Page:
Nano for energy
Nanotechnology for the energy challenge
Javier Garcia-Martinez and Ernest Moniz (eds)
Weinheim, Germany: Wiley-VCH2010 | 497pp | £120.00 (HB)
Reviewed by George Chen
It covers three main areas related to energy - conversion from renewable sources, storage and transport, and sustainability - and explores efficiency improvements through nanotechnology. Written by 37 international contributors, many of whom are world-leaders in their own fields, the book presents concise accounts of the principles of relevant nanotechnologies, and offers authoritative assessments on historical and current research findings.
The book relates the advantages and perspectives of nanotechnology to either traditional energy fields (such as photovoltaics, thermoelectricity, fuel cells, hydrogen and catalysis) or new frontiers (including dye-sensitised photoelectrochemical cells; lithium-ion batteries, supercapacitors; superconductors, biofuels; CO2 capture and storage; organic light-emitting and electrochromic and thermochromic devices).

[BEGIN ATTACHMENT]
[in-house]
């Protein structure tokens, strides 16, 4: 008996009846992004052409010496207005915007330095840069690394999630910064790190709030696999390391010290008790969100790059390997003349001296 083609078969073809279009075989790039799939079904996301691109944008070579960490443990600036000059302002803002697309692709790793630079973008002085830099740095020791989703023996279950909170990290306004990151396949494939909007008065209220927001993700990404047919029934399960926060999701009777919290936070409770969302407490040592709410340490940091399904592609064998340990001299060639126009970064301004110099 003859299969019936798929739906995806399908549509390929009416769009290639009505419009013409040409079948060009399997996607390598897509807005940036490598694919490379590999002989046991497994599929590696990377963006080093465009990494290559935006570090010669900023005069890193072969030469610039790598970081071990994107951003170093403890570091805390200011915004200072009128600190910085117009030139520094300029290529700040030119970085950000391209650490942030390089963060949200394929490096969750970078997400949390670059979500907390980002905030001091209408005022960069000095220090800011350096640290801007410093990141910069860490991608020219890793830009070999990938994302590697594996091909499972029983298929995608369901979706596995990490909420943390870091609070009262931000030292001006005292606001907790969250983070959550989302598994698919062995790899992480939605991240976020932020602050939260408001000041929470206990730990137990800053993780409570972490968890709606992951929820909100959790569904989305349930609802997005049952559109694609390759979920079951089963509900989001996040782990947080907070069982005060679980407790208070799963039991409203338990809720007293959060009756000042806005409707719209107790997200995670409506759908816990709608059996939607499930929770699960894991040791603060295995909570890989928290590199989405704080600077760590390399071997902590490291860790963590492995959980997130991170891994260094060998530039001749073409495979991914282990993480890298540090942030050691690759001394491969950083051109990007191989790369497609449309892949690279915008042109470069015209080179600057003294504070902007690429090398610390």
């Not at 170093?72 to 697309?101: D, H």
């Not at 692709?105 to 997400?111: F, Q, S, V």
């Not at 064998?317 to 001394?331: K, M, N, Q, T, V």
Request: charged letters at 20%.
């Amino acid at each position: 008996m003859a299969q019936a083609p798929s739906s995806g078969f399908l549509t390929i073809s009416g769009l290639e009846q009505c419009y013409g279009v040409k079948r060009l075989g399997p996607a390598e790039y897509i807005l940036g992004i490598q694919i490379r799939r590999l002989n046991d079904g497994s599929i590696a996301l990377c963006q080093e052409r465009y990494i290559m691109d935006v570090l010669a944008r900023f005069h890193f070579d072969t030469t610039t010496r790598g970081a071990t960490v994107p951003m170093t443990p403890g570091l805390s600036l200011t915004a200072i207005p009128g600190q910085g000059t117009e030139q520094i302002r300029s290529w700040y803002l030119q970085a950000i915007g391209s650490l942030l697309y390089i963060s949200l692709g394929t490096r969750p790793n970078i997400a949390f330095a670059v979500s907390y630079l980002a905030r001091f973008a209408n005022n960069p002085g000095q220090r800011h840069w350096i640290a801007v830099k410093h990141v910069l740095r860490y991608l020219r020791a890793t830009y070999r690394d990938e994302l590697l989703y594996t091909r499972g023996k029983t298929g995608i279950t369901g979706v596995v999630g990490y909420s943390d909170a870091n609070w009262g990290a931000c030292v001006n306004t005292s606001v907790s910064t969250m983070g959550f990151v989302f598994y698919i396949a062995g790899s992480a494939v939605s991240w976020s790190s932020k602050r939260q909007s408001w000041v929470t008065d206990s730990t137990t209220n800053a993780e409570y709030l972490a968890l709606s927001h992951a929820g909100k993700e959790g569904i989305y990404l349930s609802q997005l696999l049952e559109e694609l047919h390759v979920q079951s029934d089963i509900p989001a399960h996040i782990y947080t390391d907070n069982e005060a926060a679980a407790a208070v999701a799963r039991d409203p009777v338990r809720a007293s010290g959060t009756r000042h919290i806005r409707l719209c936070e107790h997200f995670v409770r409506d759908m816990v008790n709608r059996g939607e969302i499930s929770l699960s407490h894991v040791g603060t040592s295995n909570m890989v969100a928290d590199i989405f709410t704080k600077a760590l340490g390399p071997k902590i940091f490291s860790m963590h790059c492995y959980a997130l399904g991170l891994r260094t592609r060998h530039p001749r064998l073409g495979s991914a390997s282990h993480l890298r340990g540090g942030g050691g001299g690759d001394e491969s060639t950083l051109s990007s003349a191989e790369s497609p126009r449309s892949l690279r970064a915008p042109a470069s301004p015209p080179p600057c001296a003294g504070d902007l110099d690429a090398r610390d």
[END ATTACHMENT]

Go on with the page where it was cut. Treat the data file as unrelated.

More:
Chapter 10 in particular highlights the energetic costs in nanofabrication, either top-down or bottom-up; this aspect is unfortunately overlooked by many. The various unconventional approaches described in chapter 10 deserve the attention of all researchers of nanotechnology.
The book has a good index of technical terms, good quality graphical illustrations and a good reference list for further information. The book, which can be read either as a monograph, or by dipping into chapters of interest, should be of value to all researchers in energy and nanotechnology.